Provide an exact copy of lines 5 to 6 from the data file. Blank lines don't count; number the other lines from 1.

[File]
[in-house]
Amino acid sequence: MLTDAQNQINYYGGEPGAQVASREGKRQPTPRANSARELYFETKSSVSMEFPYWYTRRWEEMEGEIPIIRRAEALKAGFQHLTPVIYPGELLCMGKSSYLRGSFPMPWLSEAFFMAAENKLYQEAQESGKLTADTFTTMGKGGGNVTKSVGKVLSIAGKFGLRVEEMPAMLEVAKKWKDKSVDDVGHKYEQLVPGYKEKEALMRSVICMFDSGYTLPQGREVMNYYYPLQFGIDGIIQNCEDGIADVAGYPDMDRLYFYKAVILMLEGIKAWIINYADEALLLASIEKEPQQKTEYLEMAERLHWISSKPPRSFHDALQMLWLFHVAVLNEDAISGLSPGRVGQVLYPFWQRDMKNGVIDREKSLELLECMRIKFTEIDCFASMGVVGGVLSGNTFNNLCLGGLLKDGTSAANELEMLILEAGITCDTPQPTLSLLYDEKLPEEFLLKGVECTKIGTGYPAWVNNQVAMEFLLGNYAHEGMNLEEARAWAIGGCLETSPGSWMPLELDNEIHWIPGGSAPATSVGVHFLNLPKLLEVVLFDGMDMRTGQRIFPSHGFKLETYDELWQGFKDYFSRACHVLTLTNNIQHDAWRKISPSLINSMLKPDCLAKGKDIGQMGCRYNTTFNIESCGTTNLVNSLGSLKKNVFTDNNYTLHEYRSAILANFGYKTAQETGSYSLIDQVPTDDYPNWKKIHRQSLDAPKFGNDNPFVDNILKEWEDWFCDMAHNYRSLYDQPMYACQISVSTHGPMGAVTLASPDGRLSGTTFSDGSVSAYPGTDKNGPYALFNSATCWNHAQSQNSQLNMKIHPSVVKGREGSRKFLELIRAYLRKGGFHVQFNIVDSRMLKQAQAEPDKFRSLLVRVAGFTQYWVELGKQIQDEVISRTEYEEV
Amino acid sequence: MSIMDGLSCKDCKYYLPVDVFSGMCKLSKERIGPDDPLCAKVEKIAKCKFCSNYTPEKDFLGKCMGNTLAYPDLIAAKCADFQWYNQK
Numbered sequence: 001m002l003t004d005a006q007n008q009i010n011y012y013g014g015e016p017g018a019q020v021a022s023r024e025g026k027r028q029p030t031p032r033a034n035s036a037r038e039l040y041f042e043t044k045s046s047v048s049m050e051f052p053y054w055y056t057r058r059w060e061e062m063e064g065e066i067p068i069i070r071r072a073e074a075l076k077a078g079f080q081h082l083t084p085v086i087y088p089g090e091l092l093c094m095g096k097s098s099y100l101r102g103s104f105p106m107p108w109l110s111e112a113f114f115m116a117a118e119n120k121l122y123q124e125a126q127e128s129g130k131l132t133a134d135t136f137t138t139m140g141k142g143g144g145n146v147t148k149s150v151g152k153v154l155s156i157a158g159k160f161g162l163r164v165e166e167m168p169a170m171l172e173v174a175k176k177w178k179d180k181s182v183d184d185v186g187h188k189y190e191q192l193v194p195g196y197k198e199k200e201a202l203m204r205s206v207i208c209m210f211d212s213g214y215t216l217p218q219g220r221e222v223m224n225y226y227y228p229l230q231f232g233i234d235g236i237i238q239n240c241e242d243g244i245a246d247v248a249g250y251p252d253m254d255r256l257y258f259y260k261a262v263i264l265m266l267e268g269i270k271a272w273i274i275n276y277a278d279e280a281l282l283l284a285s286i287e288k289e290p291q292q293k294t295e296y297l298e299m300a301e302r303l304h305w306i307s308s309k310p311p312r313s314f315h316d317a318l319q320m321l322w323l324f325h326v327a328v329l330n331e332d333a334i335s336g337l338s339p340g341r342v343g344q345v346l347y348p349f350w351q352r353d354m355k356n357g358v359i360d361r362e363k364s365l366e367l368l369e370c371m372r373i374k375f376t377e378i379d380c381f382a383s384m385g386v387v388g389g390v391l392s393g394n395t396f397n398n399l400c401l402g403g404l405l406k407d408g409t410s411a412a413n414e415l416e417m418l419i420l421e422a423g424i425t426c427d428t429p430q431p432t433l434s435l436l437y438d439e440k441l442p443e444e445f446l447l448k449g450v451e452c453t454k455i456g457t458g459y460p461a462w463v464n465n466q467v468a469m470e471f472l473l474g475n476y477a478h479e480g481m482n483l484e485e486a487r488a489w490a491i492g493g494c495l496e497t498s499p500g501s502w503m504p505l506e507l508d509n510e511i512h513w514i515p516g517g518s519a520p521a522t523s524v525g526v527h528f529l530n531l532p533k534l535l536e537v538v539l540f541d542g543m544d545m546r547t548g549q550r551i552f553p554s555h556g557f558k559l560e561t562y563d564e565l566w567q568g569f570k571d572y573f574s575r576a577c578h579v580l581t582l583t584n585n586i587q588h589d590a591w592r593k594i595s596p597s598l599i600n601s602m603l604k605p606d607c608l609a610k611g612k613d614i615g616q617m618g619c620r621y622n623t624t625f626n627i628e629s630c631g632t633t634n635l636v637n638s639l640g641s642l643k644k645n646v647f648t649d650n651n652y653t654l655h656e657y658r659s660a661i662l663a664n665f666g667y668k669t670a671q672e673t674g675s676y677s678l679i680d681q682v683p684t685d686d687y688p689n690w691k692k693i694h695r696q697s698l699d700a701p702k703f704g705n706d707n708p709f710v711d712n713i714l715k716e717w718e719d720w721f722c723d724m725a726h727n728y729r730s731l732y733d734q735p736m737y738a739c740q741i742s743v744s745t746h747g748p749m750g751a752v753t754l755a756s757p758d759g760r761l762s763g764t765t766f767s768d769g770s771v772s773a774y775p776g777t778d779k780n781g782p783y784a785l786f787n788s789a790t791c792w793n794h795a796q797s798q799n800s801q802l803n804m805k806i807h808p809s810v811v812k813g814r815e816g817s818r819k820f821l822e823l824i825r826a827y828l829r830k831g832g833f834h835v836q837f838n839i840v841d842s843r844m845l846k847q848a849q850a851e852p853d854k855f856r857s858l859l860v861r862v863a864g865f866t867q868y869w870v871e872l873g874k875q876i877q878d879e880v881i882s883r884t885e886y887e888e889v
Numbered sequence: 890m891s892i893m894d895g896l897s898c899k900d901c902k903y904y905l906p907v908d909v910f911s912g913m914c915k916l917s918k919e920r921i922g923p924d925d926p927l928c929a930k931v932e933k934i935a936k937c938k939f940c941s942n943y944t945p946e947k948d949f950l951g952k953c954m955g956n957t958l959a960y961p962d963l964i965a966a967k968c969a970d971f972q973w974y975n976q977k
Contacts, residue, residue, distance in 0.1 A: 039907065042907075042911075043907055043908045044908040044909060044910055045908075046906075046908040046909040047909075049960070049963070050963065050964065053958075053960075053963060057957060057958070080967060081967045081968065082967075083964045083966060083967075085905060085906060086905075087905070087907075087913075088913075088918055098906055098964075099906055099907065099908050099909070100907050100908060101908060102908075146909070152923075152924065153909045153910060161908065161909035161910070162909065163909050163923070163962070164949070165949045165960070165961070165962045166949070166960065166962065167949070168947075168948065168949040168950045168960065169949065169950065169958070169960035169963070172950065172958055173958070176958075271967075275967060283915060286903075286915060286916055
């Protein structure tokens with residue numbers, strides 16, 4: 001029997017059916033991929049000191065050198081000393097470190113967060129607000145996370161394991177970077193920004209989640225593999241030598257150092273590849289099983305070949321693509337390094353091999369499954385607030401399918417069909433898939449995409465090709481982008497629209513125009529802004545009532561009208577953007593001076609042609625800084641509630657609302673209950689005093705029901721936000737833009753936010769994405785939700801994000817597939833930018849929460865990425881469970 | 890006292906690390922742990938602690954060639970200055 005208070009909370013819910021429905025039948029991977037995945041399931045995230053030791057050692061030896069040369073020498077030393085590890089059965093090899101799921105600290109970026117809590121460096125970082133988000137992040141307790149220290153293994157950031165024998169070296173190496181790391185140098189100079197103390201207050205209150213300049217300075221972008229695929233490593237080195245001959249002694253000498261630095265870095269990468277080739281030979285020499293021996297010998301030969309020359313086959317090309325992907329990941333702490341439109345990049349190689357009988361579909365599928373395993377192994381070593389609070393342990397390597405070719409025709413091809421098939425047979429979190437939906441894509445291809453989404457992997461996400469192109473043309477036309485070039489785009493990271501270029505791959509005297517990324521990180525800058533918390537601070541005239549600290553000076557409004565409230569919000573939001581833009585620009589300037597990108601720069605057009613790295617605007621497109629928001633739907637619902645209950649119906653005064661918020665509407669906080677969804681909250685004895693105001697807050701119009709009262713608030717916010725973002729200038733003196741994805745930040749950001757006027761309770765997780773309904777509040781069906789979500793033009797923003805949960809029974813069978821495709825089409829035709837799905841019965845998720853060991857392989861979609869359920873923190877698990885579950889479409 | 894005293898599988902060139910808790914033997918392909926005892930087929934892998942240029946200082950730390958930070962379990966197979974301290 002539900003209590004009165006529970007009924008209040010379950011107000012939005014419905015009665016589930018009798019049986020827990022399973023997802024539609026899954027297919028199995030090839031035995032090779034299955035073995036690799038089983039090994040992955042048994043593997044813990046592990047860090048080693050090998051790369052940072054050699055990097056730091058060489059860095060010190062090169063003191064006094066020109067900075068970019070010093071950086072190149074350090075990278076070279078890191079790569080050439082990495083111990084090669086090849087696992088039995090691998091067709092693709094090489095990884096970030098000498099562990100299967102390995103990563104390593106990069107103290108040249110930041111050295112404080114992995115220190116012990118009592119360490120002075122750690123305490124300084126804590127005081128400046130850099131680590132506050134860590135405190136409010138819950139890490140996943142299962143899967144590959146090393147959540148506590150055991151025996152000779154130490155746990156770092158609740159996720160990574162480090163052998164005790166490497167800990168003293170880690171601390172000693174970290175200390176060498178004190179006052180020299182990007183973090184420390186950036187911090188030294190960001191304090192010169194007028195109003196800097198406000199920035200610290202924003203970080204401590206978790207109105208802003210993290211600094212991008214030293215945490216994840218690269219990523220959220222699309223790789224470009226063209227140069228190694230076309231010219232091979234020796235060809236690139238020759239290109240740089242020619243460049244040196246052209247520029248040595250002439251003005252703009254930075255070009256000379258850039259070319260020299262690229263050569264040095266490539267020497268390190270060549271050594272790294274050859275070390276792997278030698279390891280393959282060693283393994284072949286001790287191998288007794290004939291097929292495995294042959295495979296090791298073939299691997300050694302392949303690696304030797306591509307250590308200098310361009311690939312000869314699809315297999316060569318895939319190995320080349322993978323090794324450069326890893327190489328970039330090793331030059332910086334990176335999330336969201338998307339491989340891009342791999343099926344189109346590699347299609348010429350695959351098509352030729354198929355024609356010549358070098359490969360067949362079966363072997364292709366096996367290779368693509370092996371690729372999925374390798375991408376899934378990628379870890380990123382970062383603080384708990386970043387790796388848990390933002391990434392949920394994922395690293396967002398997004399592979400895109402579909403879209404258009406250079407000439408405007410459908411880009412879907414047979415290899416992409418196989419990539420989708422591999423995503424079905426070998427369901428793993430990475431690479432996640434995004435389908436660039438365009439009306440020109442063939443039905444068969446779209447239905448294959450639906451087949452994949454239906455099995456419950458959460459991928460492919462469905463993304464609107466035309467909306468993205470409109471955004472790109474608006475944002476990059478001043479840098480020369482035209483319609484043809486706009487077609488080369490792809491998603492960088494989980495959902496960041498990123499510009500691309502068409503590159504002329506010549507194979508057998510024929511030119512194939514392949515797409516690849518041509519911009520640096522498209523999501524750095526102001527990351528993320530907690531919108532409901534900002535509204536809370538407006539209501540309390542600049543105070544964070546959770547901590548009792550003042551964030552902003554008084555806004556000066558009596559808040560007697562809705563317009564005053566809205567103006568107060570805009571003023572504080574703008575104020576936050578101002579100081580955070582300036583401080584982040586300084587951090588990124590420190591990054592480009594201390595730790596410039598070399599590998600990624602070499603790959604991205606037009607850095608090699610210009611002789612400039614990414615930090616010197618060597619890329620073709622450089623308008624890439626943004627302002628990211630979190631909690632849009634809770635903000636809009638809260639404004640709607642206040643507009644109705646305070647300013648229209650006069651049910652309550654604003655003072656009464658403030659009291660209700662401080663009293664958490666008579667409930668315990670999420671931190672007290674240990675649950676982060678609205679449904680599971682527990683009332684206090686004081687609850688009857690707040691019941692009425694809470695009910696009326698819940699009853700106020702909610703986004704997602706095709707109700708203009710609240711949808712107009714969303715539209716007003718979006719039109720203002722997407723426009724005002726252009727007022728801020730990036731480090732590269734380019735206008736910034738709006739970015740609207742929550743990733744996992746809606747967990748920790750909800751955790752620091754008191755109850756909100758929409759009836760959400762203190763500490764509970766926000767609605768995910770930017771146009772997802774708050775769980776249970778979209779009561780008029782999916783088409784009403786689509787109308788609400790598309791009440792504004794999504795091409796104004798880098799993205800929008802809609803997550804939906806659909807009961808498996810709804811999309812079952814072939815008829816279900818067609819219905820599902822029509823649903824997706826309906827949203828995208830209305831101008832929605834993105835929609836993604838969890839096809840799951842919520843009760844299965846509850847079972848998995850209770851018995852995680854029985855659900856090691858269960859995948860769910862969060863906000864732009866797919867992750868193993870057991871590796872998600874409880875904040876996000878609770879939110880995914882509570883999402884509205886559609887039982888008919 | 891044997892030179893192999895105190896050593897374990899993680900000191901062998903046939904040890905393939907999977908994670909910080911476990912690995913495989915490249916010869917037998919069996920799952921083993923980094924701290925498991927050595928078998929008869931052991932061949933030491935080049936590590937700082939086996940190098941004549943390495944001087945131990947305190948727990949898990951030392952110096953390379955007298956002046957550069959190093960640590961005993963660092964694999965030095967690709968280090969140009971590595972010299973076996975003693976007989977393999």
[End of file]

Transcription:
Numbered sequence: 890m891s892i893m894d895g896l897s898c899k900d901c902k903y904y905l906p907v908d909v910f911s912g913m914c915k916l917s918k919e920r921i922g923p924d925d926p927l928c929a930k931v932e933k934i935a936k937c938k939f940c941s942n943y944t945p946e947k948d949f950l951g952k953c954m955g956n957t958l959a960y961p962d963l964i965a966a967k968c969a970d971f972q973w974y975n976q977k
Contacts, residue, residue, distance in 0.1 A: 039907065042907075042911075043907055043908045044908040044909060044910055045908075046906075046908040046909040047909075049960070049963070050963065050964065053958075053960075053963060057957060057958070080967060081967045081968065082967075083964045083966060083967075085905060085906060086905075087905070087907075087913075088913075088918055098906055098964075099906055099907065099908050099909070100907050100908060101908060102908075146909070152923075152924065153909045153910060161908065161909035161910070162909065163909050163923070163962070164949070165949045165960070165961070165962045166949070166960065166962065167949070168947075168948065168949040168950045168960065169949065169950065169958070169960035169963070172950065172958055173958070176958075271967075275967060283915060286903075286915060286916055